TRAVIS MCGEE ON THE BIG SCREEN!
I’LL BELIEVE IT WHEN I SEE IT ~THE LA TIMES SCOTT TIMBERG GIVES THE LOW DOWN ON TRAVIS MCGEE’S CLOSE-UP. . .
The late novelist John D. MacDonald's most famous character never made the leap to movies with anywhere near the success of Ian Fleming's James Bond, but that finally may change.
Back in the 1960s, two hugely popular literary characters ruled the pages of more than 10 novels each. Though it was a famously transformative decade, both were old-school men's men who loved risk, adventure, liquor and attractive women. Both protagonists became touchstones of their eras.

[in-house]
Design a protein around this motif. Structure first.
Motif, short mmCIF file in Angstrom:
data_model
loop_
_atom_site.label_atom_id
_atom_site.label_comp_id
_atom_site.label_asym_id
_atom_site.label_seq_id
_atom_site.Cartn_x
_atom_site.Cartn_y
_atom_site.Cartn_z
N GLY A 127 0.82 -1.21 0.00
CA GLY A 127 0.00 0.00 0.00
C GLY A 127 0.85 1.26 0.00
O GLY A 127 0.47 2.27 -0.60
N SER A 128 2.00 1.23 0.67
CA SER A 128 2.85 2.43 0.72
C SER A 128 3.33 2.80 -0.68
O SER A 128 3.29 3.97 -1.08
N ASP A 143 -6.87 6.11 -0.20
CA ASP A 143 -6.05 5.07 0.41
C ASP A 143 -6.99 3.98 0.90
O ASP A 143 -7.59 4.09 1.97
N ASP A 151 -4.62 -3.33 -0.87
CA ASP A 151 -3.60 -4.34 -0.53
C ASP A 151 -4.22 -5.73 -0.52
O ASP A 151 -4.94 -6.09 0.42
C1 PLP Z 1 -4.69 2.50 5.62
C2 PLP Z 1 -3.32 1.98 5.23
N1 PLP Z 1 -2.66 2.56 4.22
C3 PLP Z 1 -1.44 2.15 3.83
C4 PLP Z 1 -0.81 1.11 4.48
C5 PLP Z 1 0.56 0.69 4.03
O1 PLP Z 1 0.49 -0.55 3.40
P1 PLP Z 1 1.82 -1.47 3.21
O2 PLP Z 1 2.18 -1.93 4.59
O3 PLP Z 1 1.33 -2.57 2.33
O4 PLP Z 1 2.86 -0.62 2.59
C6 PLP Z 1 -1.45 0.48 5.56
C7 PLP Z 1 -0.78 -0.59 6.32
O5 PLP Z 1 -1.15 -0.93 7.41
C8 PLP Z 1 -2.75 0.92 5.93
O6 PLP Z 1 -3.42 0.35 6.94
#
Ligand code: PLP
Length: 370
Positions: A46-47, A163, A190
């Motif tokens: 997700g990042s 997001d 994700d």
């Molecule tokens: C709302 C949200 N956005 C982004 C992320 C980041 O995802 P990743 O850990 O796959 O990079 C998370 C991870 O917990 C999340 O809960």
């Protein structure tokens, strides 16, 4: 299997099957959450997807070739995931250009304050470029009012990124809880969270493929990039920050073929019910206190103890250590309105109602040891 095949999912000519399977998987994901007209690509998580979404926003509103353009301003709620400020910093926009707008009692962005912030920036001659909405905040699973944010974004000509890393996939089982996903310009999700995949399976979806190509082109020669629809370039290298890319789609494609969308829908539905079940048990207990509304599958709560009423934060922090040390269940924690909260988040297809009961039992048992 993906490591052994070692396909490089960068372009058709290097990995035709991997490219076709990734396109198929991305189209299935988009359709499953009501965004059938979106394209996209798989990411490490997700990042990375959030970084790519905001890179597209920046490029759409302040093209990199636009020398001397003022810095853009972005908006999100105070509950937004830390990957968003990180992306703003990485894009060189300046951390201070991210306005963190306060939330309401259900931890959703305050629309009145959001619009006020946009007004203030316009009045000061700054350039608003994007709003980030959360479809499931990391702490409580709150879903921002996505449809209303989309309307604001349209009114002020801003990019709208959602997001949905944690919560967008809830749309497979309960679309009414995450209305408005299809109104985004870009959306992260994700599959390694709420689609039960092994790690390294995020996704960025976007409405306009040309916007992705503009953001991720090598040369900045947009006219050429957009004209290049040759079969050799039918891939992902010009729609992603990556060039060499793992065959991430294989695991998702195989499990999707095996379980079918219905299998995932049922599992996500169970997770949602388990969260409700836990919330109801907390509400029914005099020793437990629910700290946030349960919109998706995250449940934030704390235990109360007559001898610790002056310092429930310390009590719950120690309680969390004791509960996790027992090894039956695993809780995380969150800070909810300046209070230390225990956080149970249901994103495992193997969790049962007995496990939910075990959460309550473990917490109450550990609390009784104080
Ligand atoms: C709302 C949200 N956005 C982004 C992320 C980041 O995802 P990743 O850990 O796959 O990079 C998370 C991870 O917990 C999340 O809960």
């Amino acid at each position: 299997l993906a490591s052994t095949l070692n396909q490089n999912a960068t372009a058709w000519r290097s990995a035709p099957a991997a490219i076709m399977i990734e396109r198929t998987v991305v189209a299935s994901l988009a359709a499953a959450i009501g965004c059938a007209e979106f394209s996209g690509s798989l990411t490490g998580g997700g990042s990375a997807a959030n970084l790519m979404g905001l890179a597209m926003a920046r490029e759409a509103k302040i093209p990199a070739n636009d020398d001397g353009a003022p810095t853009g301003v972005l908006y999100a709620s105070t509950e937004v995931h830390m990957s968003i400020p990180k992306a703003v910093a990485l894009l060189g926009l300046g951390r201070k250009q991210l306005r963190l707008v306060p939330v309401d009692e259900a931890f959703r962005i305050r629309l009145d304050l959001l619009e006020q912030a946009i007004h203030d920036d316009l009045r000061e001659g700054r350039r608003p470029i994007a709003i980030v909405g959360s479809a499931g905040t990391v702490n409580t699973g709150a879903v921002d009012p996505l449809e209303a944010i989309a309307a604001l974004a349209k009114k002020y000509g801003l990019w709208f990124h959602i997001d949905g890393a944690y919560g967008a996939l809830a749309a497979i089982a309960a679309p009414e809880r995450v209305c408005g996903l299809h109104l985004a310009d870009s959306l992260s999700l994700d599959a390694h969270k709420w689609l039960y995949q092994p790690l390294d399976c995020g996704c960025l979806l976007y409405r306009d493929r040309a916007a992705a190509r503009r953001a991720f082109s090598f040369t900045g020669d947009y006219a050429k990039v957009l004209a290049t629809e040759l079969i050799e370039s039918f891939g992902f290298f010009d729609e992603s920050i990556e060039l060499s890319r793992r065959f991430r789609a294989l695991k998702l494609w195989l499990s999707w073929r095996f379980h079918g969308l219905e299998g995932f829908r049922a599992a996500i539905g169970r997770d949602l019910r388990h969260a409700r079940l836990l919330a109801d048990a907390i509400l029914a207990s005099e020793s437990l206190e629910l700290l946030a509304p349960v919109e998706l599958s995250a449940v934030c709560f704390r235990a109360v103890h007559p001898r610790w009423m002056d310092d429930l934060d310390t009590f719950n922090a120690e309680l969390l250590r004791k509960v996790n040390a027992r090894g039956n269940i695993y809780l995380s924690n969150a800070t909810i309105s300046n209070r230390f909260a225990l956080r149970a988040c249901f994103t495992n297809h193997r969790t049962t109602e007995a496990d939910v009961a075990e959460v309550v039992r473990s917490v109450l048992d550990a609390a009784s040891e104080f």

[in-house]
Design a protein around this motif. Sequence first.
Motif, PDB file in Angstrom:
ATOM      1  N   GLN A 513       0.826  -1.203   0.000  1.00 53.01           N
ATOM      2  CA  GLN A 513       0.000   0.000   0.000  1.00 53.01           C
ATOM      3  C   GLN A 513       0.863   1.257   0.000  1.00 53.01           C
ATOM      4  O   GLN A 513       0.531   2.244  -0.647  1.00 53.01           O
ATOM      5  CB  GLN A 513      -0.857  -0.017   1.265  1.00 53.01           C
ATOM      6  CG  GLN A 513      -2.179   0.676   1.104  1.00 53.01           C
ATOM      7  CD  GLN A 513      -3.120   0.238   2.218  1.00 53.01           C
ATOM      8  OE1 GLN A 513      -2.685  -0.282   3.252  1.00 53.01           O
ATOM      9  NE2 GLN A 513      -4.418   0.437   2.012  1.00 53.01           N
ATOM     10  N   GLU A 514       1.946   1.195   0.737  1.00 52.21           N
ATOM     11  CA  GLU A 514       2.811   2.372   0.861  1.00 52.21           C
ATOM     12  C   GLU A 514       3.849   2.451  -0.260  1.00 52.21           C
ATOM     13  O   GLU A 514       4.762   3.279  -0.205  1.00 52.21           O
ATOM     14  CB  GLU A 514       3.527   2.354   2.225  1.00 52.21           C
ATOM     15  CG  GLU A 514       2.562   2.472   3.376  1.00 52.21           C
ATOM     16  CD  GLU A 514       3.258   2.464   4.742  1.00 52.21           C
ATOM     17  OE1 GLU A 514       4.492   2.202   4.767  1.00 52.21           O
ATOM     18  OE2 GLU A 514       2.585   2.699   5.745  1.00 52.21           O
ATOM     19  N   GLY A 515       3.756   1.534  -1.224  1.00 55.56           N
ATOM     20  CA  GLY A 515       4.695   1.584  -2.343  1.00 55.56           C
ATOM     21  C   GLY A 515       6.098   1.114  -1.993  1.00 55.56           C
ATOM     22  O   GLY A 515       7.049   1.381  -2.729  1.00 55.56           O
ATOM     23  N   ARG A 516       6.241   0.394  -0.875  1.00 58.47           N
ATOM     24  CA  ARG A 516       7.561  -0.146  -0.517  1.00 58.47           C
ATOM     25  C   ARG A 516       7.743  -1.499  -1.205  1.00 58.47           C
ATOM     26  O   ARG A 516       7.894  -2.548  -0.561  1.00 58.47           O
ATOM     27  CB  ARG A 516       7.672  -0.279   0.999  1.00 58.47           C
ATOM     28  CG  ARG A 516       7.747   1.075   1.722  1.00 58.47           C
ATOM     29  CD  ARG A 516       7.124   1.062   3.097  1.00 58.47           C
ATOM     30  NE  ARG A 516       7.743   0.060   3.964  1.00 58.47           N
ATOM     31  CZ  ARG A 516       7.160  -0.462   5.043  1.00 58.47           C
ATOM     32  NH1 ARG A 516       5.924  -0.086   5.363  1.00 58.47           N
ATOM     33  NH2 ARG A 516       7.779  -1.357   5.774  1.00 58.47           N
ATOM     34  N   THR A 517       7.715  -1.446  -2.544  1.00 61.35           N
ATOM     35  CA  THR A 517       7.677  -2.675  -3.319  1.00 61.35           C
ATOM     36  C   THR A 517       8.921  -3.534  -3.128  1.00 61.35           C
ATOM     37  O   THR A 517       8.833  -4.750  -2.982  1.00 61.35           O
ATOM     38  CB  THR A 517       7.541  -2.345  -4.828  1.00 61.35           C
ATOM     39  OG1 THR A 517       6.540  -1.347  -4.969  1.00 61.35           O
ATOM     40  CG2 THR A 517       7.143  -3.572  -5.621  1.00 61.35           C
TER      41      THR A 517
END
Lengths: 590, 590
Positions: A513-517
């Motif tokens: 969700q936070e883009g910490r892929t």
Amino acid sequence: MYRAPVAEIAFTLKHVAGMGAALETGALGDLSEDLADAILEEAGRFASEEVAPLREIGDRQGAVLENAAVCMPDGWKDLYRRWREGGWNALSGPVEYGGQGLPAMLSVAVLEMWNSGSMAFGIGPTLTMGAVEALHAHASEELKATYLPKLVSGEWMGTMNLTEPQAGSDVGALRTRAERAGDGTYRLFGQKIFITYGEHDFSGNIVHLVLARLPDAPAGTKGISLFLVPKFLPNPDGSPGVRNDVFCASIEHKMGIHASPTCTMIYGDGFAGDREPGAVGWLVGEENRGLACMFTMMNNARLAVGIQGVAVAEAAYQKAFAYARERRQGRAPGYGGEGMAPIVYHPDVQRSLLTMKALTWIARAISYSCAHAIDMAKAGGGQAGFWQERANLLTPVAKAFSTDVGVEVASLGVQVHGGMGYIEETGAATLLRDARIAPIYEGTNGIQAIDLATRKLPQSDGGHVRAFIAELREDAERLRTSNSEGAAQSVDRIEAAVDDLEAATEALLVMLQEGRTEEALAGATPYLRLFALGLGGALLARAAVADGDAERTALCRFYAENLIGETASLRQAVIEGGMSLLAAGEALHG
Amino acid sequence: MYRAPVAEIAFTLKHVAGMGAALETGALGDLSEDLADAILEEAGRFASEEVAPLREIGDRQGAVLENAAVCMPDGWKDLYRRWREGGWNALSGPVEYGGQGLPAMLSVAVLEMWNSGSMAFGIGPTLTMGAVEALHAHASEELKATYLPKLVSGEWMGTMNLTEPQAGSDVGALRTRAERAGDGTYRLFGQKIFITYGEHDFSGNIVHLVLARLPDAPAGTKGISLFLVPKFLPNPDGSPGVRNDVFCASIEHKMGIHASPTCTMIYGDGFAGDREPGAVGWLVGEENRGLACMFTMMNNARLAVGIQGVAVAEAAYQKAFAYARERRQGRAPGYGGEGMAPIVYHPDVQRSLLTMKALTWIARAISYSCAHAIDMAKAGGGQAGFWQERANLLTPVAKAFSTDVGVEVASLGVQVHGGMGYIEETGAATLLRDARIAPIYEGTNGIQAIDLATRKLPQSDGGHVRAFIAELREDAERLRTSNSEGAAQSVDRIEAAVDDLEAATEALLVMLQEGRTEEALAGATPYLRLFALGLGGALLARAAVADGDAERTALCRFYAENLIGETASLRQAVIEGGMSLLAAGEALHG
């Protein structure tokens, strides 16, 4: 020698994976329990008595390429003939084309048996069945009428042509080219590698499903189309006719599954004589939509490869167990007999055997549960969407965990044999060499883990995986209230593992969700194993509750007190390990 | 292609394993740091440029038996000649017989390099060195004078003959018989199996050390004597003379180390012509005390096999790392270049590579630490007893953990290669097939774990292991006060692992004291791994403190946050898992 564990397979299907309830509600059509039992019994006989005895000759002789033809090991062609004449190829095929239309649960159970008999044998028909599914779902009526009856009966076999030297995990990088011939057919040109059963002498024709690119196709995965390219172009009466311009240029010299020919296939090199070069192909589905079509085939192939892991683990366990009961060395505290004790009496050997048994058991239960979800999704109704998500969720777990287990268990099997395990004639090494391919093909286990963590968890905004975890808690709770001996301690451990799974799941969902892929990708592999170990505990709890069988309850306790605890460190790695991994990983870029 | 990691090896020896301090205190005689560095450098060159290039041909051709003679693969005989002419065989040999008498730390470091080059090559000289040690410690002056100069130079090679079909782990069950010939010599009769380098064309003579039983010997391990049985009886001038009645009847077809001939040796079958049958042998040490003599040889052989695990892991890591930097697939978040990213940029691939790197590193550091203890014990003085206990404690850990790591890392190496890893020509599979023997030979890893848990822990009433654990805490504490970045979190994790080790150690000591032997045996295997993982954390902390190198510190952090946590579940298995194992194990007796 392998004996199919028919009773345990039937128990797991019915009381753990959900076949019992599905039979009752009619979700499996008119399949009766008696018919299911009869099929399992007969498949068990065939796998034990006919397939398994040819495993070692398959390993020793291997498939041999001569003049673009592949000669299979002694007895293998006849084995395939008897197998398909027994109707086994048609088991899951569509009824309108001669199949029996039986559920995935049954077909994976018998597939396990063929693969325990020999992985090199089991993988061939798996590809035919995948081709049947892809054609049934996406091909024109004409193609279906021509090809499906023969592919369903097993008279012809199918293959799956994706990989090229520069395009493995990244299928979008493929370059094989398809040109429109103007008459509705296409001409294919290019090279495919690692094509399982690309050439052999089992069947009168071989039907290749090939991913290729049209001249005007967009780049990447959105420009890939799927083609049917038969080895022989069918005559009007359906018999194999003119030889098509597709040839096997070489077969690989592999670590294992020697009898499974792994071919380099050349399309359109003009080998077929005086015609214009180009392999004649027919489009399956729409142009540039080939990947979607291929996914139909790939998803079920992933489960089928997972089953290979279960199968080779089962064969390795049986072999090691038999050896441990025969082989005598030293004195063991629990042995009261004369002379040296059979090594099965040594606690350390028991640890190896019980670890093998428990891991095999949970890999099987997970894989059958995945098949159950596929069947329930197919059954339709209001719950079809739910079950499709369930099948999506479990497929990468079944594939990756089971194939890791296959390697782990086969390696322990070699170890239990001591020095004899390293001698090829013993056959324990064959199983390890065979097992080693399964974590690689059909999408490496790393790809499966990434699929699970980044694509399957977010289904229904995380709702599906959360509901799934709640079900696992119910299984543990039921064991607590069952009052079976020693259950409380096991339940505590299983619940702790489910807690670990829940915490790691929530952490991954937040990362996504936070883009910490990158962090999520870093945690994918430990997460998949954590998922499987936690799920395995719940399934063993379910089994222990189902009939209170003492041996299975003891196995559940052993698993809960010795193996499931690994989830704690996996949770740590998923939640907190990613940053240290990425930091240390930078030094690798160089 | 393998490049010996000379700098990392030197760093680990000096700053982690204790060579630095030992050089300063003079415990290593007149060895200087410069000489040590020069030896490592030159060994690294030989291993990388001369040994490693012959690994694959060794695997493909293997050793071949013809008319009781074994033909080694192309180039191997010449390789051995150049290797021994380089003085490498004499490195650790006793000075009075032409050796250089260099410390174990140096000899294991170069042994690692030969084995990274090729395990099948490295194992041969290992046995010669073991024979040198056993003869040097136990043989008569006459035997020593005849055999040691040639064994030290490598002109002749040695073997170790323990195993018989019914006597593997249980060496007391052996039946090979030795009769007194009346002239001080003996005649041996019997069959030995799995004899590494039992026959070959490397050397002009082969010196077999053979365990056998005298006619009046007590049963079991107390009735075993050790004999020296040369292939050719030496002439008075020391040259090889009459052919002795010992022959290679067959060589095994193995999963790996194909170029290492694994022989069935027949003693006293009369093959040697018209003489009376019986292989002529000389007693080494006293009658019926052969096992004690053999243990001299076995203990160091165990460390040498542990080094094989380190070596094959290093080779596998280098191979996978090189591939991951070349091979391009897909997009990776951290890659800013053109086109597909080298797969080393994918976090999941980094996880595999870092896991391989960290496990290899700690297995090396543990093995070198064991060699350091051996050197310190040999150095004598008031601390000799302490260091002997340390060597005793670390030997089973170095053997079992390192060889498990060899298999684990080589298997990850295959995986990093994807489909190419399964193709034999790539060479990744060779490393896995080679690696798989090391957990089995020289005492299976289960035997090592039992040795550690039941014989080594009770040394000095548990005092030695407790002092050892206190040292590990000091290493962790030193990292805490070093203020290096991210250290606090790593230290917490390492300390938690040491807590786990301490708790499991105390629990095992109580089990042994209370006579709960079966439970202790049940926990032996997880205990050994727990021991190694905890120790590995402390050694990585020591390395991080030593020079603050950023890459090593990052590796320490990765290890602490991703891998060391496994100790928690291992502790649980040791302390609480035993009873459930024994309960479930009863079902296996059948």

They differed in significant ways -- one was English, suave, favored bone-dry martinis, and worked for a large government organization. The other was Floridian, raw-boned, drank gin, and remained fiercely independent, avoiding entanglements of all kinds.
But perhaps the biggest difference between James Bond and Travis McGee is cinematic: The Bond films that began with "Dr. No" in 1962 became so popular that they're vastly better known than Ian Fleming's slim, taut books. McGee, by contrast, exists almost entirely on the pages of John D. MacDonald's 21-novel series, which has sold more than 40 million copies worldwide.
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YOUNG BOND TURNS 10
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